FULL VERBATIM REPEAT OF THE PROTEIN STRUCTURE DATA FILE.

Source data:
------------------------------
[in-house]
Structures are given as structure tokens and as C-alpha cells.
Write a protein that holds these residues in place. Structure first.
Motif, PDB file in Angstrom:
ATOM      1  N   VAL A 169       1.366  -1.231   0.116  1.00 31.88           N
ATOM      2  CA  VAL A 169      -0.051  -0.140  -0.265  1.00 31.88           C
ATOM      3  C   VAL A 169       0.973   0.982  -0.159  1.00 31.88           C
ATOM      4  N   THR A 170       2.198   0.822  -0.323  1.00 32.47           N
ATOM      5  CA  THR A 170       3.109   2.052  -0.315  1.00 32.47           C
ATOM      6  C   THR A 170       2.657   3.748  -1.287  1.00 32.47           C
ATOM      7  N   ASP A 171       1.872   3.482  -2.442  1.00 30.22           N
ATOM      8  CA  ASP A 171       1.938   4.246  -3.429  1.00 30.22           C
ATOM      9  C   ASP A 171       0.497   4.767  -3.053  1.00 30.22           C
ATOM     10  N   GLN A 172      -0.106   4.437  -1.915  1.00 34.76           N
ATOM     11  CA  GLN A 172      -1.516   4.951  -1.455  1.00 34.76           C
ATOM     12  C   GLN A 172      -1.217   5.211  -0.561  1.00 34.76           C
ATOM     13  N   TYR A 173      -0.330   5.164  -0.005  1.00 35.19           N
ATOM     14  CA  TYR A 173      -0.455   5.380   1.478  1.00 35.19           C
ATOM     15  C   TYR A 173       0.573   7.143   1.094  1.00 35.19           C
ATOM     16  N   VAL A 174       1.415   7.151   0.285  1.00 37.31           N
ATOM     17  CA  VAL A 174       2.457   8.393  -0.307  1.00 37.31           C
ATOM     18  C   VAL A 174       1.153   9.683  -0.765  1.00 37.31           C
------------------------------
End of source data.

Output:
[in-house]
Structures are given as structure tokens and as C-alpha cells.
Write a protein that holds these residues in place. Structure first.
Motif, PDB file in Angstrom:
ATOM      1  N   VAL A 169       1.366  -1.231   0.116  1.00 31.88           N
ATOM      2  CA  VAL A 169      -0.051  -0.140  -0.265  1.00 31.88           C
ATOM      3  C   VAL A 169       0.973   0.982  -0.159  1.00 31.88           C
ATOM      4  N   THR A 170       2.198   0.822  -0.323  1.00 32.47           N
ATOM      5  CA  THR A 170       3.109   2.052  -0.315  1.00 32.47           C
ATOM      6  C   THR A 170       2.657   3.748  -1.287  1.00 32.47           C
ATOM      7  N   ASP A 171       1.872   3.482  -2.442  1.00 30.22           N
ATOM      8  CA  ASP A 171       1.938   4.246  -3.429  1.00 30.22           C
ATOM      9  C   ASP A 171       0.497   4.767  -3.053  1.00 30.22           C
ATOM     10  N   GLN A 172      -0.106   4.437  -1.915  1.00 34.76           N
ATOM     11  CA  GLN A 172      -1.516   4.951  -1.455  1.00 34.76           C
ATOM     12  C   GLN A 172      -1.217   5.211  -0.561  1.00 34.76           C
ATOM     13  N   TYR A 173      -0.330   5.164  -0.005  1.00 35.19           N
ATOM     14  CA  TYR A 173      -0.455   5.380   1.478  1.00 35.19           C
ATOM     15  C   TYR A 173       0.573   7.143   1.094  1.00 35.19           C
ATOM     16  N   VAL A 174       1.415   7.151   0.285  1.00 37.31           N
ATOM     17  CA  VAL A 174       2.457   8.393  -0.307  1.00 37.31           C
ATOM     18  C   VAL A 174       1.153   9.683  -0.765  1.00 37.31           C